The need to know
The need to know for the week ending 28th May 2021
The need to know from Reuters’ global network of journalists
UK factories boom but bottlenecks pushing up prices
British manufacturers reported the fastest growth in orders since December 2017 in May but fear supply-chain bottlenecks will cause their costs to rise sharply, according to a survey which adds to signs of a rebound for factories.
U.S. factory activity gathered speed in early May amid strong domestic demand, but backlogs of uncompleted work are piling up as manufacturers struggle to find raw materials and labor, boosting costs for both businesses and consumers.
A short-term rise in prices in Britain caused by global supply chain pressures does not foreshadow longer-term inflation problems once the economy emerges from the coronavirus pandemic, Bank of England Governor Andrew Bailey said on Monday.
Amazon.com Inc is considering the launch of brick-and-mortar pharmacies in the United States, Insider reported on Wednesday, triggering a drop in shares of drugstore chain operators CVS Health and Walgreens.
If suppliers in China fail to pick up freight containers to fill an order for MediaShop, Marcel Schneider gets an alert via a digital freight system, allowing the retailer to reach out and fix the problem swiftly.
Telecom Italia is starting to see the first effects of the global chip shortage on its equipment supply, the head of Italy's biggest phone group said on Thursday.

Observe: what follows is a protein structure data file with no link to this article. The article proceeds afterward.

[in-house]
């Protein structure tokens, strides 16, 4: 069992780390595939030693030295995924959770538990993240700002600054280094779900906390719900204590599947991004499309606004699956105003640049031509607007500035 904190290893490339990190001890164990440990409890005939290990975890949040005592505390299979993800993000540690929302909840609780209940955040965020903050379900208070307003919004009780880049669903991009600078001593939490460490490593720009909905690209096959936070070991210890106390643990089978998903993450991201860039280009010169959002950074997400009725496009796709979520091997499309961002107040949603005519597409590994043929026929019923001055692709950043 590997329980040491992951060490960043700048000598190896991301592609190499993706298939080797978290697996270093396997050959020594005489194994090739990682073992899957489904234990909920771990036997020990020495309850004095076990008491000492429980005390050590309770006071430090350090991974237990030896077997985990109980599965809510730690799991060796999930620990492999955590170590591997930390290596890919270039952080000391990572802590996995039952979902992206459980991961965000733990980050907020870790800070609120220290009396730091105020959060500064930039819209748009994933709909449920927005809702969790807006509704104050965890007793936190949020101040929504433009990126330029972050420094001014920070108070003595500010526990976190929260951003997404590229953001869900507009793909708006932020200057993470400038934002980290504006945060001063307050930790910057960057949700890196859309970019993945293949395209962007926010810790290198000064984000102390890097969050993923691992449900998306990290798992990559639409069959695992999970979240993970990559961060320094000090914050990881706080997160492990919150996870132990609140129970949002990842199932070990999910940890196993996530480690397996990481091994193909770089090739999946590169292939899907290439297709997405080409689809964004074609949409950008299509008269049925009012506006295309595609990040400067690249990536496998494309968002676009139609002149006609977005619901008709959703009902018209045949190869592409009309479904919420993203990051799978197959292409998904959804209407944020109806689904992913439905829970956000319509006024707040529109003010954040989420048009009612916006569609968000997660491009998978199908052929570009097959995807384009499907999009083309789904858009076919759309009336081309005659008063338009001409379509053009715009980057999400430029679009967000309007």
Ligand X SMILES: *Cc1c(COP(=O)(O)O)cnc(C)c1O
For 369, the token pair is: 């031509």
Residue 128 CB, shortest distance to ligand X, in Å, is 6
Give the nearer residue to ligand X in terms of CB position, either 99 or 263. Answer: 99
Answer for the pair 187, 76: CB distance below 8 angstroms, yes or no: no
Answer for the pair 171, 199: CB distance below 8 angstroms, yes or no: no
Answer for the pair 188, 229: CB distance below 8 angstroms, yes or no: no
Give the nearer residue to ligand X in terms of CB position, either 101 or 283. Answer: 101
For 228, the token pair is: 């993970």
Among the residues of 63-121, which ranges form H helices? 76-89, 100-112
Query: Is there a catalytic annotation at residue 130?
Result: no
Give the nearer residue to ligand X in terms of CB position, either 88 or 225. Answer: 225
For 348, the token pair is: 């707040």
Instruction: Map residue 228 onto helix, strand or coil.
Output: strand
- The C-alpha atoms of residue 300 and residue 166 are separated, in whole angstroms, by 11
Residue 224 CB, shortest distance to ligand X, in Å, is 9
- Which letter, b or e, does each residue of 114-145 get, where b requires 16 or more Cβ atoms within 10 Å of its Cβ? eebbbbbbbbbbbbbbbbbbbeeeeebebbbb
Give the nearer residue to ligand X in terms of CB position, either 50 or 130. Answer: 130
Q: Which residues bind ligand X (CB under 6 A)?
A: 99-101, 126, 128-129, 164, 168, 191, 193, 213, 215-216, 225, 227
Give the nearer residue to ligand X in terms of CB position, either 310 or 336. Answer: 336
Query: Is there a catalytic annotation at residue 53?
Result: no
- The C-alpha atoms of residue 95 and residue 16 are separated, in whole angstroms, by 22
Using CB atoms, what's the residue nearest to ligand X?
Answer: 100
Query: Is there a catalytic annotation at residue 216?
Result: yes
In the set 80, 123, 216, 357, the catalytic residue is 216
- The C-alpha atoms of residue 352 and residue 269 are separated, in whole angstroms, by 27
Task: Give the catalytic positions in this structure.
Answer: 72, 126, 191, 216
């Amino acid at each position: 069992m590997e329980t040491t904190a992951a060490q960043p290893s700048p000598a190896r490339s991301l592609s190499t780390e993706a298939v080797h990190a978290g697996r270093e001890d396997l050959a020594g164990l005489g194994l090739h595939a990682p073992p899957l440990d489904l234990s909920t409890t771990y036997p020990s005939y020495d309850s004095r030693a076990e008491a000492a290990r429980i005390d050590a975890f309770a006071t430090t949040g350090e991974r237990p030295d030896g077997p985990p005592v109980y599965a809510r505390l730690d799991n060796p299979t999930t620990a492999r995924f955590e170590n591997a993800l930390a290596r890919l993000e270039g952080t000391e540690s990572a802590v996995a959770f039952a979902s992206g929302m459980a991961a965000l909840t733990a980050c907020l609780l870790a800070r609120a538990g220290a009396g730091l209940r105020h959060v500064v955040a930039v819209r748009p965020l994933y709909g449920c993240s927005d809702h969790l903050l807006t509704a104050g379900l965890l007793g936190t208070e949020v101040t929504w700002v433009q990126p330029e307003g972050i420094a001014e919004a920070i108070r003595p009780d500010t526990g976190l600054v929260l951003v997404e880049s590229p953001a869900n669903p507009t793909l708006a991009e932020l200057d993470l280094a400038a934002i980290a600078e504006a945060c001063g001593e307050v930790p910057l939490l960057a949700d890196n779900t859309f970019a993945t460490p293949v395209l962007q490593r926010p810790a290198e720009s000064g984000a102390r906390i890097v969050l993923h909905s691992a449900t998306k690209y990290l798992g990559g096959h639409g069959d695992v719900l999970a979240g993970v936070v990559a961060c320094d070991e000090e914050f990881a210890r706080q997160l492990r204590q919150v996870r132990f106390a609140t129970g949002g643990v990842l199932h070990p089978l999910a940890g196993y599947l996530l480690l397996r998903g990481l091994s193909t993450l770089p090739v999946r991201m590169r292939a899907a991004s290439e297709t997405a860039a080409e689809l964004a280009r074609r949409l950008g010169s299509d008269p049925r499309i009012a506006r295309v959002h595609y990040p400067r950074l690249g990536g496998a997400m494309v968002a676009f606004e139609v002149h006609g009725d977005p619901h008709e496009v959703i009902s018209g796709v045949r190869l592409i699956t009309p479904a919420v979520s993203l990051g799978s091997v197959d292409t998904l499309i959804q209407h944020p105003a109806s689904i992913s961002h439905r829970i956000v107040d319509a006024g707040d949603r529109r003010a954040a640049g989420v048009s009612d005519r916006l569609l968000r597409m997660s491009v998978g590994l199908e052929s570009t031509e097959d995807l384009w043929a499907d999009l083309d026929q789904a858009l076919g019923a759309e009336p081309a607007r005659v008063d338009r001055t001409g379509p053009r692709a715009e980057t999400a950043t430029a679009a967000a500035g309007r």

Chinese e-commerce platform Pinduoduo Inc’s quarterly revenue beat Wall Street estimates on Wednesday, driven by a sustained surge in online shopping following the COVID-19 pandemic.
JD.com-backed fashion e-commerce start-up Pomelo plans to boost revenue by offering its own technology in analytics and demand forecasting to other fashion brands in the region, its chief executive said on Tuesday, amid slowing offline sales.
UK property group British Land has begun marketing space in its coronavirus-hit retail parks to logistics companies whose “last mile” businesses in delivering purchases to consumers have boomed in the past year’s lockdowns.
Boeing Co, struggling in China with sales of passenger planes due to trade tensions and the grounding of its 737 MAX, is upbeat about the outlook for freighter plane sales there as e-commerce demand booms.
In a railway arch in south London, pickers and packers are in a race against time: to get fresh food to the door of Alastair Dean within 15 minutes of his order hitting an app.
British retailer Marks & Spencer forecast a rebound in profit this year after an 88% slump in 2020-21 that reflected a collapse in clothing sales due to the COVID-19 pandemic but warned investors not to expect a dividend this year.
Daimler Truck and Shell New Energies said on Thursday they have signed an agreement under which Shell commits to setting up hydrogen-refuelling stations for heavy-duty trucks that Daimler Truck will sell to its customers.
U.S. self-driving truck start-up Kodiak Robotics Inc is looking into a joint venture with the holding firm of South Korean conglomerate SK Group to gain a foothold in the Asian market, its co-founder told Reuters.
Fuelling start-up Hydra Energy said on Thursday it had raised 15 million Canadian dollars ($12.4 million) to fund a hydrogen capture project and for converting diesel trucks to run on hydrogen.
From elsewhere around the web:
FedEx piles on peak surcharges with increases set for June.[Supply Chain Dive]
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